Survival Alert is a fortnightly update on the state of indigenous peoples around the world from Survival International. Founded in 1969, Survival International is the globe’s foremost organization working for tribal peoples rights.
Seven hundred members of Brazil’s Yanomami tribe recently gathered in the heart of the Amazon rainforest to celebrate 20 years since their territory was officially mapped out. A mass of feathers, body paint and animated exchanges; the moment was historic.
For many of those attending, the anniversary was especially poignant. Only a few decades earlier, they had been at the frontline of a battle to stop their tribe from being completely wiped out.
In the 1980s, the invasion of 40,000 Brazilian goldminers on Yanomami land brought with it what can only be described as genocide. Twenty per cent of the Yanomami population died in just seven years.
The tribe were shot at and physically attacked, their villages destroyed. Many died from introduced diseases to which they had no immunity, such as malaria, tuberculosis and flu. Mercury effluents from mining poisoned their rivers, killing fish and polluting the Yanomami’s water supply. No longer able to produce food, the tribe had to beg.
In response to this crisis, Survival International and its supporters wrote letters, held regular and relentless protests outside embassies in 20 different countries and raised vital funds for medical aid. The result of this long international campaign, and a national campaign in Brazil led by the Pro Yanomami Commission (CCPY), was the creation of the Yanomami Park in 1992. This milestone saw the eviction of illegal miners and recognition of the tribe’s right to live on their land.
“Mining is not good and will not bring benefits to the Yanomami. It will bring fighting and diseases.”
Without this huge groundswell of public support and the subsequent creation of the reserve, the Yanomami would not exist as a people today. It is also certain that without Survival’s campaign the territory would not have been created. As Davi Kopenawa, a spokesperson for the tribe told Survival, “If you hadn’t been born, we indigenous people would be dead.”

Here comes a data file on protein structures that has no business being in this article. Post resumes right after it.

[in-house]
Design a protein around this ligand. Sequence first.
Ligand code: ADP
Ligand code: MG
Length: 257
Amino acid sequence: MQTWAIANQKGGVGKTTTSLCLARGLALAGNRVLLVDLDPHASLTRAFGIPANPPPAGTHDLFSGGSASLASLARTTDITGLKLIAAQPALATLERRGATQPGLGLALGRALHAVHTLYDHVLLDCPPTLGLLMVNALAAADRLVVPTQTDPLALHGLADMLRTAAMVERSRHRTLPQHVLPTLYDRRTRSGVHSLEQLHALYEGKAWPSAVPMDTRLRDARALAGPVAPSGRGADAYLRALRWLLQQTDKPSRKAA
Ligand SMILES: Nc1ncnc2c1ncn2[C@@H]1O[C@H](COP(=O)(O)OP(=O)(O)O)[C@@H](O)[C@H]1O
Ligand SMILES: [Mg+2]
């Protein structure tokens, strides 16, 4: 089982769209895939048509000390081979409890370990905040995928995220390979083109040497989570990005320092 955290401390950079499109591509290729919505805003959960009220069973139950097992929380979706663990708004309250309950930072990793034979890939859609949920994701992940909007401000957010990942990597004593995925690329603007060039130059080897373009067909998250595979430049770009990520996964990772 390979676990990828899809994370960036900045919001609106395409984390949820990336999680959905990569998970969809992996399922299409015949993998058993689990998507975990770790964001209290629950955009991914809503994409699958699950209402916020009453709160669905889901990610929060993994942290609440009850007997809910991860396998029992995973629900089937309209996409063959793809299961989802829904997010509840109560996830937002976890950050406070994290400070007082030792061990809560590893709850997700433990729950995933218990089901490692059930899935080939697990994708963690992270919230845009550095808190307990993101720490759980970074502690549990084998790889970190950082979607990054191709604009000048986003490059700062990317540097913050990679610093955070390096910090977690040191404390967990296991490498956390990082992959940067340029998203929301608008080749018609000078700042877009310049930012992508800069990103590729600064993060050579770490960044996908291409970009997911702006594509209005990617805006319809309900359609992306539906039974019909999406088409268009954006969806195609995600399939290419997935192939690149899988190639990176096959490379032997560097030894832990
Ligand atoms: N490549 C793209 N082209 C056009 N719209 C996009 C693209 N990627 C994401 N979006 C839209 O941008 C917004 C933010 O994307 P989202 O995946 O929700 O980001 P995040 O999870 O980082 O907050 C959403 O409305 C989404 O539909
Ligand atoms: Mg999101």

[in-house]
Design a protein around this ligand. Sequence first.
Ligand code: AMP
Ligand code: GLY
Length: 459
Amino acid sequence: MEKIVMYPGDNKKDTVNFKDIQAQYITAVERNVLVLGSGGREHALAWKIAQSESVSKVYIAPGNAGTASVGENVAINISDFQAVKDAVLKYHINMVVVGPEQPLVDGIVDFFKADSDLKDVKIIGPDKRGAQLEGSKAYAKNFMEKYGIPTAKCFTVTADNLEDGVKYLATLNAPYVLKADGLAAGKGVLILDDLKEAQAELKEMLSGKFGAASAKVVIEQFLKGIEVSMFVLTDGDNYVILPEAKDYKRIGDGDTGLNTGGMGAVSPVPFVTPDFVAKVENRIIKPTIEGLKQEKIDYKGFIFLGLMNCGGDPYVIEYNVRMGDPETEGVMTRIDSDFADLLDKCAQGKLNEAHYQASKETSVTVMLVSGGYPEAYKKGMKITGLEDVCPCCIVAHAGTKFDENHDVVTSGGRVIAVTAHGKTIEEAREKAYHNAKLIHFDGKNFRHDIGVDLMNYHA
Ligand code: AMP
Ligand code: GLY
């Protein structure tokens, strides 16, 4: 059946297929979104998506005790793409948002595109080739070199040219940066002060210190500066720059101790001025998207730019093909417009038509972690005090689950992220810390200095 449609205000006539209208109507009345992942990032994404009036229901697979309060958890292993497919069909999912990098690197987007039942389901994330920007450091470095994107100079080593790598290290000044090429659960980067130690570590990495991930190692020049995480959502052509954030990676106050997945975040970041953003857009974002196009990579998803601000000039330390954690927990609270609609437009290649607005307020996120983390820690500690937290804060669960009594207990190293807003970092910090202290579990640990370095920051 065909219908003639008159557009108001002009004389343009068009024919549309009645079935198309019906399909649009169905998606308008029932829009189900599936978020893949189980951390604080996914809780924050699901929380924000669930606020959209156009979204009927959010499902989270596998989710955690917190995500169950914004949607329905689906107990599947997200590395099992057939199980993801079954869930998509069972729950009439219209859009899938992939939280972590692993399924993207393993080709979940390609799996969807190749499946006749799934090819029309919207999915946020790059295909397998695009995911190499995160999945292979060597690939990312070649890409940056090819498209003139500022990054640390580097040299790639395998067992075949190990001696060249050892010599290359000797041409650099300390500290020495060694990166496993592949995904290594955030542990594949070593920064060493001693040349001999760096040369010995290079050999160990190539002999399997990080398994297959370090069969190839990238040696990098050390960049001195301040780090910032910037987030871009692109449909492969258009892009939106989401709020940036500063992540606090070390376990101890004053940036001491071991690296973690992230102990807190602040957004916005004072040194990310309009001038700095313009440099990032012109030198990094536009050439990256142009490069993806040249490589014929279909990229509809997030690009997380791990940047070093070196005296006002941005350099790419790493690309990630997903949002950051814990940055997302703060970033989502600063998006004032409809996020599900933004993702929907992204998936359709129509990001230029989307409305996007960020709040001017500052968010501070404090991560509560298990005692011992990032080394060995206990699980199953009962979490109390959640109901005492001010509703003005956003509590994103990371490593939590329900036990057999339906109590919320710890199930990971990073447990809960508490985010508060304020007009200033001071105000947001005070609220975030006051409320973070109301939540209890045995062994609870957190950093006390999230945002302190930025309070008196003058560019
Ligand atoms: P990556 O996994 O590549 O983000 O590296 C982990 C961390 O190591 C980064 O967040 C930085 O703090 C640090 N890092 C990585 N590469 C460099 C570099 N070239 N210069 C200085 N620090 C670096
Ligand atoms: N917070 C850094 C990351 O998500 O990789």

Davi now leads the Yanomami’s own organization, Hutukara, which was formed in 2004. Speaking at the recent assembly, he said, “I dreamed a lot and I fought for 25 years—it was very difficult, but others helped me. It was a good victory for the Yanomami people. If I hadn’t fought, I wouldn’t be here.”
However, among the cheer and celebration of the assembly, was a shadow. One of the key issues debated was the draft law on mining, which if approved will open up indigenous territories for large-scale mining. One Yanomami warned that “a big snake is coming,” and Davi declared, “Mining is not good and will not bring benefits to the Yanomami. It will bring fighting and diseases.”
Many Yanomami delegates voiced their opposition to any form of mining on their land, and said they had not been consulted about the draft law. They also denounced the impacts of goldminers who continue to work illegally in the region, contaminating water and spreading disease.
Yanomami from Venezuela showed graphic photos of the impacts of mining on communities there, which are suffering from high levels of disease and contamination because the government has done little to tackle the problems.
The assembly proved that the Yanomami tribe can survive even when pushed to the brink—and that it has the collective determination to endure. But crucially, it shows us what is at stake, and how imperative it is to champion their rights by defending their hard-fought victory 20 years ago.
The Yanomami Park remains the world’s largest indigenous territory. It contains an abundance of flora and fauna, and a people whose only wish is to be left to live sustainably within it. Sadly, illegal goldmining violates this human right on a daily basis. Act now to help the Yanomami in their fight to put the lives of their families and children ahead of the short-term greed of illegal miners.
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